What are Useful Certificates for Equine Assisted Therapy?

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And the Secret I’ve Kept …

I thought about joining an accrediting organisation for Equine Assisted Therapy the other day. I can appreciate Equine Assisted Learning is largely unregulated and it felt right to offer my support to the EAT governing body. On our Intelligent Horsemanship courses for 14 students, we’ll generally have 2 or 3 students interested in EAT and I feel it’s the right thing to do or the other IH teachers and I to keep up to date with everything that’s going on in that field.

I was flying along filling out the form when it came to the point of ‘What relevant qualifications do you have for Equine Assisted Therapy?’  Well …  I did put together the original Monty courses and was involved in the early Monty Roberts courses for the Armed Forces and service people with Post Traumatic Stress.

However, I wasn’t sure ‘what are the relevant qualifications to have in Equine Assisted Therapy?’  I’ve got a lifetime of experience as the founder of Intelligent Horsemanship and I have the present Mental First Aid at work and Equestrian First Aid but I thought I’d go way back in my filing cabinet and  … what do you know?!  Is the Pony Club C certificate useful?  Possibly not at this stage but THEN …  I do remember the frequent weekend visits to Imperial College, London, but had forgotten many years ago I qualified in Hypnotherapy AND Psychotherapy!  I even practised hypnotherapy for a short time but then my horsey life took over.

I wrote about hypnotherapy in my book ‘Perfect Confidence – Overcoming Fear, Gaining Confidence and Achieving Success with Horses’ – the complete book is available online for IH Members.

The date on this ‘Hypnotherapy and Psychotherapy’ Certificate is Some Tiime Ago as you can see.  It was at a time when I needed to work on myself (well that never stops but I guess I mean I particularly needed to work on myself). I was shy (I think that’s called being Social Anxious nowadays) and I knew there was a good mental mindset for winning equestrian competitions and I wanted to learn more.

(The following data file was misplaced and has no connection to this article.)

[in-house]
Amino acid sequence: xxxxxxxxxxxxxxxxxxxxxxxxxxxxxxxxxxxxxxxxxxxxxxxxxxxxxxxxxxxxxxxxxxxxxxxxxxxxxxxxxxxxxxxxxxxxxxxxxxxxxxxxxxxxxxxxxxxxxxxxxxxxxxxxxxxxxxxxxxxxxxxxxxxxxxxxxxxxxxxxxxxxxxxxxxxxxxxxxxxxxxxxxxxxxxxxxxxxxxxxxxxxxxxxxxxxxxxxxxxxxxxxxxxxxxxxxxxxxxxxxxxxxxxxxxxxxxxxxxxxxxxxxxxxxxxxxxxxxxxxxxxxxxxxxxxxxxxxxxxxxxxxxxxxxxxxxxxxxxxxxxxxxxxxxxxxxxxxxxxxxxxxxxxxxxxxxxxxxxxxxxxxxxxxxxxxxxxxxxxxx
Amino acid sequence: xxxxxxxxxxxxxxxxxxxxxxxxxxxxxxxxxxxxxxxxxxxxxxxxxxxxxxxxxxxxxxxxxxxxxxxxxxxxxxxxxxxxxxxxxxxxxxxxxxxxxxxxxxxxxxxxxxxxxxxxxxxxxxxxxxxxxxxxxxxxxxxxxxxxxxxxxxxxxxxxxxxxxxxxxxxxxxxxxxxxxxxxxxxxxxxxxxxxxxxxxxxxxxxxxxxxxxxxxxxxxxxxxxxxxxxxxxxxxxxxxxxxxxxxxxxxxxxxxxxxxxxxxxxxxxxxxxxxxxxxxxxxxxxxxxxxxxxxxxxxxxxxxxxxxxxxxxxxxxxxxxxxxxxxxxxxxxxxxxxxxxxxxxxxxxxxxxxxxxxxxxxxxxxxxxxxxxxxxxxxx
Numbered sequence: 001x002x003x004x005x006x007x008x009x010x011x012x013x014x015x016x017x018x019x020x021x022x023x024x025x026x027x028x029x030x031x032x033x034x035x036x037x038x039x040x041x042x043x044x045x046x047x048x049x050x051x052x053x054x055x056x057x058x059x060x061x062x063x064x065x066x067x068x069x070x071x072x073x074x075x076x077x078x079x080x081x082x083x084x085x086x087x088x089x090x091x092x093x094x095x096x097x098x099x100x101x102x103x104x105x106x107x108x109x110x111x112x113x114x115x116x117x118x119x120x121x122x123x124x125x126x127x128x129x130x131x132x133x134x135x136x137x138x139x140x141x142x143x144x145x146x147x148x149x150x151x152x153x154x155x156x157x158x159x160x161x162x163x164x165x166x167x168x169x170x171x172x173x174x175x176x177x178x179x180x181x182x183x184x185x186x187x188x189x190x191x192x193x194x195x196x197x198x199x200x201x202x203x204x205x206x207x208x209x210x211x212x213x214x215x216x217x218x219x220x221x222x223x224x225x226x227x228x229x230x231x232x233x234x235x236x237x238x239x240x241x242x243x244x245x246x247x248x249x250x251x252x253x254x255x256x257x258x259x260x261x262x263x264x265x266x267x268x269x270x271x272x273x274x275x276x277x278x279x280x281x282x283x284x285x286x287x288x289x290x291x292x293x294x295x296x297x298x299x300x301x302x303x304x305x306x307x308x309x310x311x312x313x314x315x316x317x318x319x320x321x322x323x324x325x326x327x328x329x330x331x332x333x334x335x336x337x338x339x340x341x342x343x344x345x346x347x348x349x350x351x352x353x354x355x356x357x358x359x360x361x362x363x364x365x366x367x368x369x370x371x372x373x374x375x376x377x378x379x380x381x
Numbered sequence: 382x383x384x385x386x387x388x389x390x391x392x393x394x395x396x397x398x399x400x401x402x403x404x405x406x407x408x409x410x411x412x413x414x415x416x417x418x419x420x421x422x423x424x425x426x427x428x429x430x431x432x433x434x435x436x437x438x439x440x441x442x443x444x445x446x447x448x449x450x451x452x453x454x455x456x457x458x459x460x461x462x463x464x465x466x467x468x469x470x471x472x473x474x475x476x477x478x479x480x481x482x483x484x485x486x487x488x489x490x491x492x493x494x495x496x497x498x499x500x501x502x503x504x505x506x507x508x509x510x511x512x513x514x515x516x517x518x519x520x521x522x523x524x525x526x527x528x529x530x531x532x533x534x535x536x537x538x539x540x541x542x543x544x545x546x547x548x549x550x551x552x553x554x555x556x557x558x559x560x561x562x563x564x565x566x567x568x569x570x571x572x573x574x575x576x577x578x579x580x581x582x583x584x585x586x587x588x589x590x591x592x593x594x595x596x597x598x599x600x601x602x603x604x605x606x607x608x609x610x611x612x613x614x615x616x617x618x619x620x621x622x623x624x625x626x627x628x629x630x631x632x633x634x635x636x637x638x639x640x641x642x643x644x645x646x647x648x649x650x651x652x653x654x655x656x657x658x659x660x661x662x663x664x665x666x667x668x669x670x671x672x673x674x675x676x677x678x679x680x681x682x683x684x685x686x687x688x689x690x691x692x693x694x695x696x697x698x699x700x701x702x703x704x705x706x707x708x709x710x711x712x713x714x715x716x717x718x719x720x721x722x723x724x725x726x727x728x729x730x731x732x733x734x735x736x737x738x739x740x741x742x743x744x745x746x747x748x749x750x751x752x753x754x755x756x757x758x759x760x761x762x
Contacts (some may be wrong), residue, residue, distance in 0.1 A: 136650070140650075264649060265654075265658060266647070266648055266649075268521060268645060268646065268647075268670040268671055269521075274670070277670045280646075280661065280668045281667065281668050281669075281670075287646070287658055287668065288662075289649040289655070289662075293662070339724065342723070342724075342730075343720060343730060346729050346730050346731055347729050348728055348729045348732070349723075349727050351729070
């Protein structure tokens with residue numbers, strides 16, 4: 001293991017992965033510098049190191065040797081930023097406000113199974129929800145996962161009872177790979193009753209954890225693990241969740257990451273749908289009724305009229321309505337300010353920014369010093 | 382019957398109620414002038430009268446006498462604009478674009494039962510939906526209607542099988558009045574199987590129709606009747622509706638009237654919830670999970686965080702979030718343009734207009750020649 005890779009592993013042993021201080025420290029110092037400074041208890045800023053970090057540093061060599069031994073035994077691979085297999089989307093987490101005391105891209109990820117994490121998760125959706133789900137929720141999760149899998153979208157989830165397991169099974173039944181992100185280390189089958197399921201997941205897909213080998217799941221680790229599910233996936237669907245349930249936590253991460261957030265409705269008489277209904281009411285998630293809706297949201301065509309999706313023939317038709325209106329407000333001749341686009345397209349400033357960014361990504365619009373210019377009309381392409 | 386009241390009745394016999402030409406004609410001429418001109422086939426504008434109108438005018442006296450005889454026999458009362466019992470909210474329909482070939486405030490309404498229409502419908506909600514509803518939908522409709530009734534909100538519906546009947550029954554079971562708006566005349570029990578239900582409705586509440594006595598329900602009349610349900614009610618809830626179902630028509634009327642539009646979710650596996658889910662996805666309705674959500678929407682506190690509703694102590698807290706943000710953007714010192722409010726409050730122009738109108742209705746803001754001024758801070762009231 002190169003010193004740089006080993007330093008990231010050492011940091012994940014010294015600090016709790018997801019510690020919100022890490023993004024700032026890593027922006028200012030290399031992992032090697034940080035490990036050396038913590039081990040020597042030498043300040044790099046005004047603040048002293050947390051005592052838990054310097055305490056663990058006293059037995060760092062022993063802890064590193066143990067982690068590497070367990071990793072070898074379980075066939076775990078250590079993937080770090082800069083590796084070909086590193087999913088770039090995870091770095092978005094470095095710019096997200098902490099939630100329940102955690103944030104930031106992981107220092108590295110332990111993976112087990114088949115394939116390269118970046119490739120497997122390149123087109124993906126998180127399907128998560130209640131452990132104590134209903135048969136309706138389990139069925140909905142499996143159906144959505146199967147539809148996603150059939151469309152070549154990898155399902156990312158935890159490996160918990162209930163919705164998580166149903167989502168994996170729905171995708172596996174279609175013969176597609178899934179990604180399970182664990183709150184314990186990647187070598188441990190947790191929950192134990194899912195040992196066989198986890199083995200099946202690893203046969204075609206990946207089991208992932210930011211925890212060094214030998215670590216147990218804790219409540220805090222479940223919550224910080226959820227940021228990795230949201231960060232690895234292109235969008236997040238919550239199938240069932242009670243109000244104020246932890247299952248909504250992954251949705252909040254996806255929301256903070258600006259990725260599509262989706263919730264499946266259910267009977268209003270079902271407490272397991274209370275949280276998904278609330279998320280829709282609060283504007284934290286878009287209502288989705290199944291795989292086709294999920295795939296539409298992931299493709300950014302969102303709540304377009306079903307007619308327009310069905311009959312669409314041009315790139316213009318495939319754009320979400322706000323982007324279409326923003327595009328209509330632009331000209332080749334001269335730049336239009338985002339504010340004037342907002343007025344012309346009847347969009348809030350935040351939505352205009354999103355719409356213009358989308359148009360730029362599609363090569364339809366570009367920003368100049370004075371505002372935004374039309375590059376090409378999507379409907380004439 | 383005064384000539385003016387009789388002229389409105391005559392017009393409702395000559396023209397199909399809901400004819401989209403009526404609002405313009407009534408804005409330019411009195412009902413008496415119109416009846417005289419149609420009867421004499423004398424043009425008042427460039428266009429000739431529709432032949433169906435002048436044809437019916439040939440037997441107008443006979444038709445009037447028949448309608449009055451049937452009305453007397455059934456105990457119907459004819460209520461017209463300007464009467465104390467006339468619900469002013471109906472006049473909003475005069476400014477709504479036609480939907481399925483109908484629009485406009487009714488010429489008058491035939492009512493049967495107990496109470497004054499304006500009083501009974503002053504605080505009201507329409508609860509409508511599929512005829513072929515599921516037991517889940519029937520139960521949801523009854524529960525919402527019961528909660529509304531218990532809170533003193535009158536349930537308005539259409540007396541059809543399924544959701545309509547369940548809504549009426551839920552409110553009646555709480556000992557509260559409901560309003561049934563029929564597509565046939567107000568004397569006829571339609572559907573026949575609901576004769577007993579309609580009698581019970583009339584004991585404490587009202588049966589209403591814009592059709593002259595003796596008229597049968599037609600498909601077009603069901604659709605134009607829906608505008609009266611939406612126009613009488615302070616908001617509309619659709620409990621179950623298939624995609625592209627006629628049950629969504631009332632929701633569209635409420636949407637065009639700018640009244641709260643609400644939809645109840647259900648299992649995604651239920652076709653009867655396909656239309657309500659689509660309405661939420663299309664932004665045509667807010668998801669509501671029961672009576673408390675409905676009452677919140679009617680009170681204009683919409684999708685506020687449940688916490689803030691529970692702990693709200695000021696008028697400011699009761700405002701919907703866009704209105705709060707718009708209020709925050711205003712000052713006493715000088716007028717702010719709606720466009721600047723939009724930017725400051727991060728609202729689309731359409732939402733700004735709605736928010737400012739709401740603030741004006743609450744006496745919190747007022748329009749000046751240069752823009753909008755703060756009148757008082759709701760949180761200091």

I have an extraordinary amount of books on horses, psychology, self improvement, mindset and now I’m a podcast fanatic (at least that takes up less room).  It seems funny now, but at the time, I kept the various courses fairly secret as I felt sure I’d be judged as ‘weird’. Now of course the value of these studies is taken as self evident*.  And … being weird, that’s fine too.

PS I’ve included an unofficial certificate I received when I studied teaching. It came with a bottle of champagne and I guess it means the ‘shyness’ eventually went away as well.

*“Every truth passes through three stages before it is recognized. In the first stage it is ridiculed, in the second stage it is opposed, in the third stage it is regarded as self-evident.”—Schopenhauer

Thank you to Sarah Christina who added this on my Kelly Marks and Intellligent Horsemanship Facebook page.

Therapeutic equine work is split into different types – but for the types you are looking at, where it is psychological rather than physical, the main 2 types are EFL (equine facilitated learning) and EFP (equine facilitated psychotherapy).

EFP requires a therapy or mental health qualification, usually level 5 or above, EFL doesn’t. The reasons behind this is EFL looks at someone’s emotions and social and emotional skills at the present and where they want them in the future, EFP also looks at processing past trauma and events too therefore needing the therapy/ mental health qualifications. I’m an EFL who works with children with mental health needs

If you would like to come on a Five Day Course or Perfect Manners weekend to start you off on the body language and horse and human safety aspects (and so much more) do go to …

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